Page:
After the holiday, I heard the sad news that a centimillionaire business acquaintance had lost the opportunity to enjoy his wealth with his small daughter, son and beautiful wife by crashing his Merc on Rublovskoye Shosse while speeding home late at night. Sad news, and even sadder that this is just one addition to the awful traffic accident statistics in Bedrock, which account for 13% of the traffic deaths in a country that has the highest road death rate in Europe. The combination of inexperienced but aggressive drivers who consider seatbelts unmanly (or unwomanly as the case may be), poor road conditions, and just plain stupidity, has made proximity to the road one of the most dangerous places to be in this country, whether by car or on foot.
One day last week, the morning news reported that 28 accidents had been “registered” in the previous 24 hours. I’m not sure what “registered” means in this context, but it surely bears no relationship to the number of accidents – every day I see at least one accident in the ten minutes it takes to get Fred Jr. to the school bus in the morning. Just today, in the hour and a half I spend on the road, covering about 55 kilometres, I counted five traffic accidents. And if the damaged vehicles were sitting in the road, it means they were waiting for the GAI (traffic police) to write it up for insurance purposes. I guess these write-ups don’t count as “registered.”
Most accidents are relatively minor rear end collisions. Bedrock drivers love to sit a metre off the back of your car, even at high speed, oblivious to the effect that a quick brake from the car in front will have. But even in a minor accident, a seatbelt can reduce injury or even save a life. But, of course, no self-respecting Bedrock driver would ever wear one.
In my early years in Bedrock a GAI would stop a driver without a seatbelt, so drivers symbolically pulled the belt across them (but did not latch them). I remember that one of my business associates substituted a bright, wide pair of suspenders for his missing seatbelt. A few years ago I asked my regular driver why he didn’t wear seatbelts. He first responded that he could brace himself in an accident, and followed with a second answer, “If I get in an accident and die, anyway it is fate.”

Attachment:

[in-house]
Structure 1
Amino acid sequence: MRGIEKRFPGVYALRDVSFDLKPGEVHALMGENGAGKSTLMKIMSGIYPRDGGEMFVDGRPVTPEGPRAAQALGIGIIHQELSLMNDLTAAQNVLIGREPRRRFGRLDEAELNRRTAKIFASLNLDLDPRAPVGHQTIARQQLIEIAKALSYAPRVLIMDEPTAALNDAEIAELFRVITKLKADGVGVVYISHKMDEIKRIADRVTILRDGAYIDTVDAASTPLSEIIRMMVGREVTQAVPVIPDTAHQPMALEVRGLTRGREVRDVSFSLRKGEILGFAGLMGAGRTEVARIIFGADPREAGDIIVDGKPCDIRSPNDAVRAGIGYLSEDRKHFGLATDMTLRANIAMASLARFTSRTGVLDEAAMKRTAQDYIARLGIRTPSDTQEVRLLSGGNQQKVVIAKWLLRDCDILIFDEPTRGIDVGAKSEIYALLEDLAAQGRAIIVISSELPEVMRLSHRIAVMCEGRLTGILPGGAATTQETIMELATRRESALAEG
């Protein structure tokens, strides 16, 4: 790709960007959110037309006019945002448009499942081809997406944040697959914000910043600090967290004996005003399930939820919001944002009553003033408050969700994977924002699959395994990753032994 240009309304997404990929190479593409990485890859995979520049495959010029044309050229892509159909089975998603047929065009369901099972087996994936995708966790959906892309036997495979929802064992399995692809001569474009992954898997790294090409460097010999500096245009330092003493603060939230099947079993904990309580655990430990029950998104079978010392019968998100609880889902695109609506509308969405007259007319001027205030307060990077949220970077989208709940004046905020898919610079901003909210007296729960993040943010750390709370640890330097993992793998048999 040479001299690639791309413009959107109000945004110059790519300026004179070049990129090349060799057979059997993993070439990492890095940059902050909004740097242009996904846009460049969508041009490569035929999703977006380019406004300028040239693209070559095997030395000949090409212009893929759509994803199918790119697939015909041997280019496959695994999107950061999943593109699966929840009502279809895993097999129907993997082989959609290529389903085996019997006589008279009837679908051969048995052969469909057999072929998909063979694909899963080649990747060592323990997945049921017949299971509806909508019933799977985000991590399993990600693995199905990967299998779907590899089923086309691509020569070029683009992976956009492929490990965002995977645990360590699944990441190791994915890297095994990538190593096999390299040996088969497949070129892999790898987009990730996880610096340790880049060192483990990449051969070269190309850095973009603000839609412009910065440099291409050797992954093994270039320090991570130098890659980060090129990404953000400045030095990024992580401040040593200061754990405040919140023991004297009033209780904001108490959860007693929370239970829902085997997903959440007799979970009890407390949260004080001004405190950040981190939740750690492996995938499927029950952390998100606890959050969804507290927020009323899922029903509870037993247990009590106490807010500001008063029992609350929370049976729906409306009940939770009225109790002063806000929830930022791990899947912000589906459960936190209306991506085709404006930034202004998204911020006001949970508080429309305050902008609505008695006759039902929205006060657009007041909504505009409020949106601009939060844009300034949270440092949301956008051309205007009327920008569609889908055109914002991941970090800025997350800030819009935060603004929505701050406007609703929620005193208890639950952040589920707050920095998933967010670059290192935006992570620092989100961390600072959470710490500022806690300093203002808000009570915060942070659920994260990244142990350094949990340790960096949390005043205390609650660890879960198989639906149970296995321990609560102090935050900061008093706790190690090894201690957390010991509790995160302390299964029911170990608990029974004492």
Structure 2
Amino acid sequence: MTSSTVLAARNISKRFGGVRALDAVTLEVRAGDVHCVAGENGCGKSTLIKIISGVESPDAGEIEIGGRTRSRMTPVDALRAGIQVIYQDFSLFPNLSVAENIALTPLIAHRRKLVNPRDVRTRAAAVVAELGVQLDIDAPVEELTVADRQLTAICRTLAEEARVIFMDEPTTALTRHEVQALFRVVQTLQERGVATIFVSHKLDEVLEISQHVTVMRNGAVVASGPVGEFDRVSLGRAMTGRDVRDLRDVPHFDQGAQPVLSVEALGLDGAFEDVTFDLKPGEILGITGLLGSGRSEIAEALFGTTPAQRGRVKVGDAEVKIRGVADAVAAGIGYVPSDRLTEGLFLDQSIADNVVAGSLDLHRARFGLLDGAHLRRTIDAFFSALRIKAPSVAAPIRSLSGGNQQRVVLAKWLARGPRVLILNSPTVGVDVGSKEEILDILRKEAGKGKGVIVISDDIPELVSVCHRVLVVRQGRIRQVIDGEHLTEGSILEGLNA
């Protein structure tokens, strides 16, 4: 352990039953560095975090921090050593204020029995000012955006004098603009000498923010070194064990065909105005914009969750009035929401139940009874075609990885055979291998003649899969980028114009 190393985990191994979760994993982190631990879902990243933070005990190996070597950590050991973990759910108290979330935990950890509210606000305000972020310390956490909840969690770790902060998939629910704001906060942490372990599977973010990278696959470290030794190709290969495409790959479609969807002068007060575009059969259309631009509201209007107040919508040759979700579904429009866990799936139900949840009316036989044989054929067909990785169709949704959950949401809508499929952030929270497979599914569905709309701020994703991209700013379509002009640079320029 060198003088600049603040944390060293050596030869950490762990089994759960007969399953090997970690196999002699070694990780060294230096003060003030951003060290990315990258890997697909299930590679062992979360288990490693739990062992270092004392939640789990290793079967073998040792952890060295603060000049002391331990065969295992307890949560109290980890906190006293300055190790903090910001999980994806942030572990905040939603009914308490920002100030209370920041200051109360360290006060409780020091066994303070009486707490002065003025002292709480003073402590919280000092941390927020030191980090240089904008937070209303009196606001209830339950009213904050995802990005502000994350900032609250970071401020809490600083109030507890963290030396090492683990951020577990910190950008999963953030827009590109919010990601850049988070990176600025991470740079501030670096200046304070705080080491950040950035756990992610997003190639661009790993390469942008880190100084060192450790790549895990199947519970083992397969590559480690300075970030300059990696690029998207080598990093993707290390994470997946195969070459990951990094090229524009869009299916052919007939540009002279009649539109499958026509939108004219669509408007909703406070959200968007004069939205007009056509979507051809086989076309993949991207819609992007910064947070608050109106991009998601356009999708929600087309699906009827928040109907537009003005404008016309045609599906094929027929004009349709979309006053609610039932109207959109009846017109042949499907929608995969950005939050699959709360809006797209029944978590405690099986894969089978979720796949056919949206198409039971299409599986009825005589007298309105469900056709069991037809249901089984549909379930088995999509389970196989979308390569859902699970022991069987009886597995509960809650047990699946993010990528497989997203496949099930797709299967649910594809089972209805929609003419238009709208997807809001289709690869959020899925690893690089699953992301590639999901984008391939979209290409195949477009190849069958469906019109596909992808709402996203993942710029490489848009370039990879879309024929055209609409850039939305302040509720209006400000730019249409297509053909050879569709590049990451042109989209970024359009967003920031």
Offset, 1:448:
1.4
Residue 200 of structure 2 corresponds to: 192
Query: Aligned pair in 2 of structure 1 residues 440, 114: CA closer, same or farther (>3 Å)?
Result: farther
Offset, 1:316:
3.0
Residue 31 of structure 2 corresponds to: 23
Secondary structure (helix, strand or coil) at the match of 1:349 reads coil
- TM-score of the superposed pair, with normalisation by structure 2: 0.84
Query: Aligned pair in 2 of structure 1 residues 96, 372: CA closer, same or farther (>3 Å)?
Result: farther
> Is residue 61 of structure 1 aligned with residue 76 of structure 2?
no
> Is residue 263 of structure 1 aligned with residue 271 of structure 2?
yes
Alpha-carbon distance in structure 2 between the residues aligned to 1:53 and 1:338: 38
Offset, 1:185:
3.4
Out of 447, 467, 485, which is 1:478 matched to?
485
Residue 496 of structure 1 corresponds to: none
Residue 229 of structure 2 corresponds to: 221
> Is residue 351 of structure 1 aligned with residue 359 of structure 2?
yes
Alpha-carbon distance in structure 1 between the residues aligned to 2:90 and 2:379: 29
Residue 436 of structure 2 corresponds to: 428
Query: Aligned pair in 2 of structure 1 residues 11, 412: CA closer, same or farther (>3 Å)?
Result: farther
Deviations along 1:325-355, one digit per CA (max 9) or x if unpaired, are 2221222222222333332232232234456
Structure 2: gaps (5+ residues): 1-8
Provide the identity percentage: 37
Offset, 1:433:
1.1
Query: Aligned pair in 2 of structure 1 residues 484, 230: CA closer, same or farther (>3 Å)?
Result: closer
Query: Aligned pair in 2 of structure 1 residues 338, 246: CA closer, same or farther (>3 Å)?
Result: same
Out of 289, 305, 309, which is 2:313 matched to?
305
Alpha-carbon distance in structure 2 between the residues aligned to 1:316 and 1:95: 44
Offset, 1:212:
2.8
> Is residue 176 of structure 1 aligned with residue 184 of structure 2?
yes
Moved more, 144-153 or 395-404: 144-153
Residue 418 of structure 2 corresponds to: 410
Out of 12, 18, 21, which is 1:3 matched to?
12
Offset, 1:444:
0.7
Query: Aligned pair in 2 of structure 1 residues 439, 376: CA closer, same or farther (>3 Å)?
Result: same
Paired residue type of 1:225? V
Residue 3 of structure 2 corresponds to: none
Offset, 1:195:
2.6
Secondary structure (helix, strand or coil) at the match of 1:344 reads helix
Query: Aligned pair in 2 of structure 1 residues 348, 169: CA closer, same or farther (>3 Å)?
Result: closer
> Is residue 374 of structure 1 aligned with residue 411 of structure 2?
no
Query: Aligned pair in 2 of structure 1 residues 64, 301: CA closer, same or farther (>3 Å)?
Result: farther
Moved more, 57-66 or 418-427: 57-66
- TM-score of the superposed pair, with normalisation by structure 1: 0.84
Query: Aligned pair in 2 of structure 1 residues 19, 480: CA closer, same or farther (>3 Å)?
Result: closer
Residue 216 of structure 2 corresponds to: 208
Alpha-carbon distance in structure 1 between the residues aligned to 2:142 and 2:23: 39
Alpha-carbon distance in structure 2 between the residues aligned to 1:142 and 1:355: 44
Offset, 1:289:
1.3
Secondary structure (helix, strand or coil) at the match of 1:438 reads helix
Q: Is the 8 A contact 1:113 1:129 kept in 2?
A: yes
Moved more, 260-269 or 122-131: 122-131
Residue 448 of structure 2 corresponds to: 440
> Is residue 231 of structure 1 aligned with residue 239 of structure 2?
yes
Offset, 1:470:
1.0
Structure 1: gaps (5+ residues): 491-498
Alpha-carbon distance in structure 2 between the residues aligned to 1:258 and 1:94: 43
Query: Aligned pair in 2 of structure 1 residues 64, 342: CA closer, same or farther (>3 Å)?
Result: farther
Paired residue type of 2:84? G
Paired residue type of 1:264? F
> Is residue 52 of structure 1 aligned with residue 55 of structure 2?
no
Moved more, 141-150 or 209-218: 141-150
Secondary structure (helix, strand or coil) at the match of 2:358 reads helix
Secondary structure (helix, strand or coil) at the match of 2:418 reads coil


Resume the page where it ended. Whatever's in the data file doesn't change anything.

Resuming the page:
Today, when you catch a gypsy cab and start to belt up, more likely than not the driver will tell you it’s not necessary. He’s referring to the fact that the GAI no longer stops drivers for not wearing a seatbelt, and I suppose it insults his skill as a driver.
Modern cars have seat belt alarms, but Bedrock drivers are nothing if not ingenious. During a recent trip to the regions, we had official drivers. When an officer picked us up in a late-model Camry, the seat belt was missing, and in its place a plug (the metal clip without the belt) was latched in to defeat the seat belt alarm. Later, we transferred to another latemodel import with an OMON (special forces) driver; this time the front belts were strung around the back of the seats and latched in permanently.
Just for fun, to see some of the marvellous Bedrock driving techniques, google “Lefortovo Tunnel video.” This is a one-minute video taken from fixed traffic cams inside this new tunnel on the Third Ring and shows an astounding sequence of spectacular accidents at just this one location.